A Cold Coming
Customs House, South Shields, and touring
Review by Emily Taylor
A Cold Coming is a promising debut play by North East writer Chaz Brenchley.
Staged in the perfect, intimate surroundings of The Customs House studio, this short but moving look at coming to terms with the deterioration of a loved one could not fail to move its modest but appreciative audience.
The play centres around Quin, a man who has been living with HIV for over a decade. His character remains motionless and bed-ridden throughout the production while we watch his carers rally round him and deal with the emotional strain of his condition. It is soon apparent that most of these people are all friends or former students of Quin, but strangely it is long-term boyfriend Michael, who has just returned from months away working at a University in Kyoto, who comes across as an intruder into this support network. His arrival is received with a mixed reaction and it is often the duologues between Michael (played by the always convincing Sean Kenney) and these other individuals, notably Stuart (played by Bill E Meeks) and the enigmatic Zoot (played by Wayne Miller), that create the most tense and powerful moments of the play.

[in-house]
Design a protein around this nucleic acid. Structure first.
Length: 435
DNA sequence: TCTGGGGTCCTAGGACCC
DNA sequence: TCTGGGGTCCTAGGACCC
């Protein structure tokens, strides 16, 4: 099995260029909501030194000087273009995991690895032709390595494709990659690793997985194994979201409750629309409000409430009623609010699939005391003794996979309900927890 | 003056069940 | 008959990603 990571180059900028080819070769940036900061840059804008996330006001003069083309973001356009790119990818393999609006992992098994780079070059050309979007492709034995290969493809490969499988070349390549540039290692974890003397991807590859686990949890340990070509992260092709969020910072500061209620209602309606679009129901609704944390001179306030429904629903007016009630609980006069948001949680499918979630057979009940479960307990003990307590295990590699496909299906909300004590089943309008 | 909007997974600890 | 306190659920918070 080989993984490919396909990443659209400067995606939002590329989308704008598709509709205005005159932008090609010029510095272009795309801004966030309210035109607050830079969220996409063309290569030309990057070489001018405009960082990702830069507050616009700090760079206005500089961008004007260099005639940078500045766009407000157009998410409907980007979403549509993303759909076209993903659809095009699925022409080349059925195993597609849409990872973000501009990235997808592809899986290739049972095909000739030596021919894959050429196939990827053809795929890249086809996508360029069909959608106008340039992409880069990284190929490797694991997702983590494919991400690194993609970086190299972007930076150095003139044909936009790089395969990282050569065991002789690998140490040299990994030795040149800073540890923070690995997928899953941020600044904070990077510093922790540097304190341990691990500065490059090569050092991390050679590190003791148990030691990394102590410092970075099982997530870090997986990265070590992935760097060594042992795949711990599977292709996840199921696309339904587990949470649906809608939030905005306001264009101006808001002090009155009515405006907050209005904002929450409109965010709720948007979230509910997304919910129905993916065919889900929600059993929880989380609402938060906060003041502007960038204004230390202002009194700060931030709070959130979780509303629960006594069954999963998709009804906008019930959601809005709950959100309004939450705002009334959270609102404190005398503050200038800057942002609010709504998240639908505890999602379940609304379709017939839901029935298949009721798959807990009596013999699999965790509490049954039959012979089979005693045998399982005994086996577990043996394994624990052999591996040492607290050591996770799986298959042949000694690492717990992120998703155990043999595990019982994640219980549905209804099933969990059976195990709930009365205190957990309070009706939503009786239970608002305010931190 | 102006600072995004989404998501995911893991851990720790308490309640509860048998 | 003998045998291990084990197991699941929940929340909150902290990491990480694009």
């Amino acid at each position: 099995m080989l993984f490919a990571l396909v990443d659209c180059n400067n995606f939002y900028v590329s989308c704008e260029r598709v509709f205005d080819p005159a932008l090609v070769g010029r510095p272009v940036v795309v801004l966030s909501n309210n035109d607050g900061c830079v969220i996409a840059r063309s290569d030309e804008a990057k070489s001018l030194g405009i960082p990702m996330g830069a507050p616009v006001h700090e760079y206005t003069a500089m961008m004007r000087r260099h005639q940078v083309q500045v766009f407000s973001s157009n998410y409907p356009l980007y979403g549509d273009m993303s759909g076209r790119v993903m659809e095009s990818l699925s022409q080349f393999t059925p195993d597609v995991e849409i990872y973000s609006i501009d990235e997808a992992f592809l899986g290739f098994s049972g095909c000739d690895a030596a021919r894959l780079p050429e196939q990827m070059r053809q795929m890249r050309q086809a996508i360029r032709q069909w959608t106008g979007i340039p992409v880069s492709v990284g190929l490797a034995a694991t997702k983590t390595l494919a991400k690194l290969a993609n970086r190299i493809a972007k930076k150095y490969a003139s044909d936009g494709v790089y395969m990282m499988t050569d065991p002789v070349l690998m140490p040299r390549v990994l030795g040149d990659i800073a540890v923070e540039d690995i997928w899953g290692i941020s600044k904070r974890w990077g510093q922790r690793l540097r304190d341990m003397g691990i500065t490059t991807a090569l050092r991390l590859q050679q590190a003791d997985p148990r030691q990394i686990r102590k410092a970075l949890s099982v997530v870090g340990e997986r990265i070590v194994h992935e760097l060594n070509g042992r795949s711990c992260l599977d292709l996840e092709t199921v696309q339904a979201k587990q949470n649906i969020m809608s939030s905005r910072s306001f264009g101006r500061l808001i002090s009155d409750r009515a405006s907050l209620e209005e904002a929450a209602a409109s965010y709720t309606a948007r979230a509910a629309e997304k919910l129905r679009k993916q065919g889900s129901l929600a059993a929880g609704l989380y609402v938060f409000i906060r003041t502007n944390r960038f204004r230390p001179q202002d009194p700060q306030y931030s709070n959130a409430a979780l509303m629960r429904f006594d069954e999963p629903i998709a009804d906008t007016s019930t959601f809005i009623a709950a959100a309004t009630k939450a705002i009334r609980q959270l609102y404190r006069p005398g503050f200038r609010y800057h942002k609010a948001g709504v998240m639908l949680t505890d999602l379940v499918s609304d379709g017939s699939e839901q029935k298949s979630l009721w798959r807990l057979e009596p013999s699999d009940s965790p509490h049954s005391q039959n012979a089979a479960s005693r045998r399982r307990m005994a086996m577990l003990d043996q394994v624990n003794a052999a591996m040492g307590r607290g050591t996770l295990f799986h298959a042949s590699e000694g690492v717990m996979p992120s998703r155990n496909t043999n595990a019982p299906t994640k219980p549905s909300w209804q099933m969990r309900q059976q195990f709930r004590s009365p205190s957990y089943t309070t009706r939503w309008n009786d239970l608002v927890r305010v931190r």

The tension is broken occasionally by some wonderfully dry moments of humour, although I felt the play was at times in danger of being overloaded with literary references.
This one act play was just long enough to successfully flesh out the relationships between the group of friends and build up to an affecting end. Its unforced direction and excellent cast makes A Cold Coming a raw and emotional piece of theatre, which deserves to be seen by many more audiences.
At the Customs House until 8th November, then touring to the Royalty Theatre, Sunderland (14th November), The Store, Dipton (15th November) and Arc, Stockton (16th and 17th November)